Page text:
“I remember visiting the jails week after week, often in tears (even now as I recall those moments). My coworker asked me why I was crying, and I told them it was because one woman in the jail called me her ‘light.’ She said I was her light because I kept coming back. ‘No one comes back to the jails,’ she told me.”

Through the support of generous donors like you, UAHT can continue its mission of bringing hope and light to those most at risk of human trafficking. By supporting UAHT, you’re not just donating money—you’re investing in a future where fewer individuals face the risk of being trafficked.

Become a monthly donor and champion these moments of change and empowerment!

Houston Teen Fights Human Trafficking

Houston Teen Fights Human Trafficking

Have you ever wondered if one person could really make a difference? We’ve seen it firsthand in our amazing volunteer, Corbin, who helped make our Client Alternative Therapy program possible!

As the spring semester was ending, Corbin, a local rising 11th grader, told us she wanted to spend her summer volunteering in the anti-trafficking movement.

She prioritized finding an organization with a strong track record in the community, that worked collaboratively with other agencies and organizations, and that aligned with her personal beliefs about inclusivity and embracing all victims of human trafficking. She found that UAHT checked all her boxes! 

I decided to volunteer with UAHT because UAHT works with survivors of human trafficking helping them heal and rebuild their lives, and it also focuses on working to prevent the demand for human trafficking on the front end. I like that it works at both ends of the spectrum” – Corbin 

Corbin is passionate about promoting mental health.

Wanting to pair her passion with her interest in the anti-trafficking movement, Corbin was excited when we told her about our alternative therapies, like art and journaling, can help victims heal. It was clear this was the perfect opportunity for her!

Wanting to directly impact the lives of those who have experienced human trafficking, Corbin launched a fundraiser to provide art, journaling, and yoga supplies and helped facilitate alternative therapy classes.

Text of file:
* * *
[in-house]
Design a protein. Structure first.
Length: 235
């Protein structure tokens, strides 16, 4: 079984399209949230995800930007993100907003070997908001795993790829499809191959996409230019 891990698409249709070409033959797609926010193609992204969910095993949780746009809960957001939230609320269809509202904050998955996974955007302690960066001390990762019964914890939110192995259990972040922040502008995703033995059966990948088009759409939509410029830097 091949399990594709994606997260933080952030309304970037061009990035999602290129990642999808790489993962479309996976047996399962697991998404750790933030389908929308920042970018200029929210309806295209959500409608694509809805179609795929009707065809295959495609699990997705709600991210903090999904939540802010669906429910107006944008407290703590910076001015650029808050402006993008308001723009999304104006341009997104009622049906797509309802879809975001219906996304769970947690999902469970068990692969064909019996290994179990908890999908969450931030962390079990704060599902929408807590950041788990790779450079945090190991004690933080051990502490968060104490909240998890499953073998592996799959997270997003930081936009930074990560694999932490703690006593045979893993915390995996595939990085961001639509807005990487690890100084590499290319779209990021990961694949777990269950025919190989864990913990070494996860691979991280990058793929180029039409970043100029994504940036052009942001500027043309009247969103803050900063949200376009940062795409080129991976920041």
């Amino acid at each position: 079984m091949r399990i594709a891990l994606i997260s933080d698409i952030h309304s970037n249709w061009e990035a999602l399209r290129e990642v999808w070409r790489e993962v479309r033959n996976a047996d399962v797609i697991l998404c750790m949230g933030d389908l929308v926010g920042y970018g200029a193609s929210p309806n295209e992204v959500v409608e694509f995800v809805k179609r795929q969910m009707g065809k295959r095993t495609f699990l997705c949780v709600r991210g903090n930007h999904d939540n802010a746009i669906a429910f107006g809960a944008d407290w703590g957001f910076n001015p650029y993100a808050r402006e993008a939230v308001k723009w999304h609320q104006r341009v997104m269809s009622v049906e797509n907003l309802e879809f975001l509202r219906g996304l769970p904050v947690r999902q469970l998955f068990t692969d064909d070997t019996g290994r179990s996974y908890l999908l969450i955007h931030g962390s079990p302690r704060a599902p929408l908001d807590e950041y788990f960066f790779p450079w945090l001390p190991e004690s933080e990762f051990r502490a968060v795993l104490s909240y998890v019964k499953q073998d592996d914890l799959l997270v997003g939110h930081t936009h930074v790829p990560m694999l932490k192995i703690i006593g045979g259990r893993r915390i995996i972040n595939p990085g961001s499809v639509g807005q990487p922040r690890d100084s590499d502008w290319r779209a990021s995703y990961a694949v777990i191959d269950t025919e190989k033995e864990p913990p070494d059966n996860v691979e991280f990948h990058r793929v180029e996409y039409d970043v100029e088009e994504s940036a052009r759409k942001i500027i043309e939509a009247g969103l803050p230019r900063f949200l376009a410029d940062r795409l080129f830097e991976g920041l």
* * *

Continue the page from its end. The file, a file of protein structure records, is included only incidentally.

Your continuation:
She set a goal to raise $5,000 and began calling and emailing people in her life. Within just 4 days, Corbin exceeded her goal! 

“In raising the funds to make these workshops possible and participating in them personally, my hope was to have a tangible positive impact on survivors’ lives and learn directly from them about the real-life obstacles they face and needs they have.” – Corbin 

But Corbin went above and beyond – not only rallying her friends and providing materials, but also working alongside clients. 

Over the summer, Corbin helped facilitate 10 classes that empower clients to think through their trauma, regulate their nervous systems, and dream about their futures. Thanks to Corbin and her supporters, dozens of survivors participated in classes this summer! 

The most meaningful part of the project for me is getting to know the survivors during the workshops. Hearing their personal stories about how hard they are working to rebuild their lives and understanding the magnitude of the challenges they face in doing so has really affected me.” – Corbin 

Corbin will carry this experience with her into the future. 

This hands-on service-learning experience inspired Corbin to continue fighting for freedom as she grows and enters the world as an adult in the coming year. 

It’s motivated me to want to work hard to find ways to break down the barriers that survivors face and to raise awareness about the truths of this horrible inhumanity that surrounds us here in Houston and all around the world.” – Corbin  

Thank you, Corbin! 

We are deeply grateful for the incredible time and care Corbin gave to UAHT and to our clients. We simply can’t say thank you enough!  

You can make a difference by volunteering with us!

Corbin is one of many volunteers this year who have inspired community members to prevent human trafficking, equipped individuals to respond if they believe someone is being trafficked, and empowered Overcomers to live in freedom! 

You too can make meaningful change by volunteering with us! We have various opportunities like: 

  • Raising awareness online or in person. 
  • Posting the National Human Trafficking Hotline in local businesses.
  • Translating materials into different languages.
  • Organizing our client resource room. 

    If you have any special skills like digital design or can provide legal services or professional development, please us know! 

    Together, we can end human trafficking.